The Craggy Mountain Wilderness Study Area includes about 550 hectares of steep forested ridges in the Blue Ridge Mountains of western North Carolina. An adjoining 518 hectares called the Craggy Mountain Extension has been added along the west side of the original area. The combined areas include the upper drainage basin of Carter Creek above the mouth of Peach Orchard Creek and the east half of the Mineral Creek drainage basin on the steep western slope of the Great Craggy Mountains in the Pisgah National Forest in Buncombe County. Bedrock is mostly mica-garnet schist, much of which contains kyanite, interlayered with quartz-biotite gneiss; a few layers of amphibolite and a few dikes of trondhjemite and granitic pegmatite are poorly exposed near the study area.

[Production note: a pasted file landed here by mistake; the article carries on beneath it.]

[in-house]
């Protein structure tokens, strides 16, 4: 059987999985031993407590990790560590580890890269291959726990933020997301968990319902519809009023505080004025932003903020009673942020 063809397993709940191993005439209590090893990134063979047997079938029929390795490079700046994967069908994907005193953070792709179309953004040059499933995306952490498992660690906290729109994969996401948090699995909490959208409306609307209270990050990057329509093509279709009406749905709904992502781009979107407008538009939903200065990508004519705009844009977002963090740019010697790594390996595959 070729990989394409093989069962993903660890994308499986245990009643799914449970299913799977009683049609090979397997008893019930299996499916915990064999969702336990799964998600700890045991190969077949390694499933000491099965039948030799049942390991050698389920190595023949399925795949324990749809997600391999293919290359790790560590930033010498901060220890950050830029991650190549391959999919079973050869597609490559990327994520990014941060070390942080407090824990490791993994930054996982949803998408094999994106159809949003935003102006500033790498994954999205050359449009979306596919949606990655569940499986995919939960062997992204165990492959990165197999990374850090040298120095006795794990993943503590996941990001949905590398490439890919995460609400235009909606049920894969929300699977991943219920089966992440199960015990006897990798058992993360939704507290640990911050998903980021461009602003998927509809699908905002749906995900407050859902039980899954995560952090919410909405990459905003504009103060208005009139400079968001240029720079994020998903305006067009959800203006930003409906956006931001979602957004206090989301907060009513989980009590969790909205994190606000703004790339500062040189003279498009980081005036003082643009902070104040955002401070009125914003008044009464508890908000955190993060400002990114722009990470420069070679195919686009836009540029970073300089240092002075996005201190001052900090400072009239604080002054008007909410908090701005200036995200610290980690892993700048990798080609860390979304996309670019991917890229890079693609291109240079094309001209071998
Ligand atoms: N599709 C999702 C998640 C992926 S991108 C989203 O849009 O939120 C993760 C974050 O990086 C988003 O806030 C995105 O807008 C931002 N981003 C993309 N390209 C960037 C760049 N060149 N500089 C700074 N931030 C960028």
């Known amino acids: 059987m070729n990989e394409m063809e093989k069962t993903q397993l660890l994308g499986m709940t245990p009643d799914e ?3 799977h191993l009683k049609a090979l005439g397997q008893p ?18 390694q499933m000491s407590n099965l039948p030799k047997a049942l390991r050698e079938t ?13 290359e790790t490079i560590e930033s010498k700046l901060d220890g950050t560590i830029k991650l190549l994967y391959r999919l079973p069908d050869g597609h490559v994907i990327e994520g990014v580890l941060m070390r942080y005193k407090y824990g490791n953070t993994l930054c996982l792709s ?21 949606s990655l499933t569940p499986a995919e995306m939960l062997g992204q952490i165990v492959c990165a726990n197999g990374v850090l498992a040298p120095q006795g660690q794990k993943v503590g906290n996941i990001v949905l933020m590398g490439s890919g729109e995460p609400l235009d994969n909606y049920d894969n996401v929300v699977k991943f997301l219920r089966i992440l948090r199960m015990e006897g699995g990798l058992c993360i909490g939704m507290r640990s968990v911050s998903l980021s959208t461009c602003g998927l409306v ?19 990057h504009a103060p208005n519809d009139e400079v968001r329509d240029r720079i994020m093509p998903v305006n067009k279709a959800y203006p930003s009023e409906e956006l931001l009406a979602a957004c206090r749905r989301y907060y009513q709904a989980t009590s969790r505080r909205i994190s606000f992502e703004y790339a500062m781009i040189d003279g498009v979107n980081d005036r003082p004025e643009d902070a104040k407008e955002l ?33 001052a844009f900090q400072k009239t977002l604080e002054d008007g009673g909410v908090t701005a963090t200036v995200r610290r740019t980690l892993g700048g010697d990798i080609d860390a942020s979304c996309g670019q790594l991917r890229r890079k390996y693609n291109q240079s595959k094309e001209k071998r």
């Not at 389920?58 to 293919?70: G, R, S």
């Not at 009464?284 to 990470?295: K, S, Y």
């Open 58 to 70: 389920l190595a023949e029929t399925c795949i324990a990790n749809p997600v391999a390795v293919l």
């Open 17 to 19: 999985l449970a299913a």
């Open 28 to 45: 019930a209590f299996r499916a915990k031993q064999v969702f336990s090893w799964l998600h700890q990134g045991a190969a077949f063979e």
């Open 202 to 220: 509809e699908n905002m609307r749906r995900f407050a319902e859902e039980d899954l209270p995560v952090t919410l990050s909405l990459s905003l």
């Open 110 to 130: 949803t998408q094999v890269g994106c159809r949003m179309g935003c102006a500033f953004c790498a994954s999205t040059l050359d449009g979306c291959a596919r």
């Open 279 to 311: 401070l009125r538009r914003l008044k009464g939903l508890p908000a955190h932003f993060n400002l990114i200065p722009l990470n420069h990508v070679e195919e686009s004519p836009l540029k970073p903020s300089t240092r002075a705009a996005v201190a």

No metallic mineral resources have been identified in or near the study area. Reconnaissance geochemical surveys, including analyses of stream sediments, soil, rock samples, and panned concentrates, show no obvious anomalous values for 30 elements.
Kyanite and garnet in the mica schist are considered hypothetical submarginal resources, the kyanite for refractory use and the byproduct garnet for abrasive use.
Most of the rock types are suitable for use as crushed stone or rough building stone;
however, adequate resources of stone are available in the general area in more favorable locations.
Natural gas may possibly be present at great depth. Includes one plate (27"x29"). By F.G. Lesure and A.E. Grosz, USGS and B.B. Williams and G.C. Gazdik, US Bureau of Mines, 1982. 27 pages.